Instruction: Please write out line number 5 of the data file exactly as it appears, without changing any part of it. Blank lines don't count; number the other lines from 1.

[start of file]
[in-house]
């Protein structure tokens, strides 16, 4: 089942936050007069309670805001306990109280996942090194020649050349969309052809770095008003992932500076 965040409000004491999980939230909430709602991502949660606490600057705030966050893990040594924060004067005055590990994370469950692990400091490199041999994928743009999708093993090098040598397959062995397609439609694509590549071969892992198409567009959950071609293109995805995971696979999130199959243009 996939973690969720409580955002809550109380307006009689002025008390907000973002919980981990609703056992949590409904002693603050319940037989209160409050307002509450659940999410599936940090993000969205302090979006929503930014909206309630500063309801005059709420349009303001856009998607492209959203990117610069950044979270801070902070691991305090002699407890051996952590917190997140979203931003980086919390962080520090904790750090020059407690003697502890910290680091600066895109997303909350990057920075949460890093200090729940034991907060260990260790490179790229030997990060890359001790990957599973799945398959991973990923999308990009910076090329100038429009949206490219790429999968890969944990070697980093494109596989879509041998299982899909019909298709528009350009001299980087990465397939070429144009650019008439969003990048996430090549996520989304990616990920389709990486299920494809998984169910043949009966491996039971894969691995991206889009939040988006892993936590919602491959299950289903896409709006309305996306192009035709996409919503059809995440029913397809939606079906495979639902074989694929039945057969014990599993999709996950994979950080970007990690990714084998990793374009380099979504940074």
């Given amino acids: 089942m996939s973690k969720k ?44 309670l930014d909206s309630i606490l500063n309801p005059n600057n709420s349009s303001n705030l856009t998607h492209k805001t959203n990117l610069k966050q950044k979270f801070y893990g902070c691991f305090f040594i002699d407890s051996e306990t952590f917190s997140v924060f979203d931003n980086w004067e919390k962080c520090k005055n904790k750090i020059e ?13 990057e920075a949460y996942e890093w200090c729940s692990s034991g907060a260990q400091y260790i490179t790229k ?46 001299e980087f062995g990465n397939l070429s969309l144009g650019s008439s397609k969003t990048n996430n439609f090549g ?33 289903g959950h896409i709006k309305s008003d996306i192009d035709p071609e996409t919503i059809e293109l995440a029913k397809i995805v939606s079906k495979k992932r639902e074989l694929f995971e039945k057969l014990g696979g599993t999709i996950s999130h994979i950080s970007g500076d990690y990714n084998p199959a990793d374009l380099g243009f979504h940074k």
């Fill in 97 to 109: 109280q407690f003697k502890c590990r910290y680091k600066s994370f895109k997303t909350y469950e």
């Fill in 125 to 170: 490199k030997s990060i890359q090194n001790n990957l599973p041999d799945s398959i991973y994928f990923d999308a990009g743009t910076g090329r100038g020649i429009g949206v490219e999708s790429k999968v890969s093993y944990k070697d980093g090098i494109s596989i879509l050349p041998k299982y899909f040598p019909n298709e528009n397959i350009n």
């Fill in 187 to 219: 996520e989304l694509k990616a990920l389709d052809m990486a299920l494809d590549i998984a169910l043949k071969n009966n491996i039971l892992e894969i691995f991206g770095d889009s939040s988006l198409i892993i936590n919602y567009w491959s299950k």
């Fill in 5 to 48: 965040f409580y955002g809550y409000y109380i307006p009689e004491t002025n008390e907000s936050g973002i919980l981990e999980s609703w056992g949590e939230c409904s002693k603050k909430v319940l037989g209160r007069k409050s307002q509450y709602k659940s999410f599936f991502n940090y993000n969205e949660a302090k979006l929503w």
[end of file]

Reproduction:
């Fill in 125 to 170: 490199k030997s990060i890359q090194n001790n990957l599973p041999d799945s398959i991973y994928f990923d999308a990009g743009t910076g090329r100038g020649i429009g949206v490219e999708s790429k999968v890969s093993y944990k070697d980093g090098i494109s596989i879509l050349p041998k299982y899909f040598p019909n298709e528009n397959i350009n």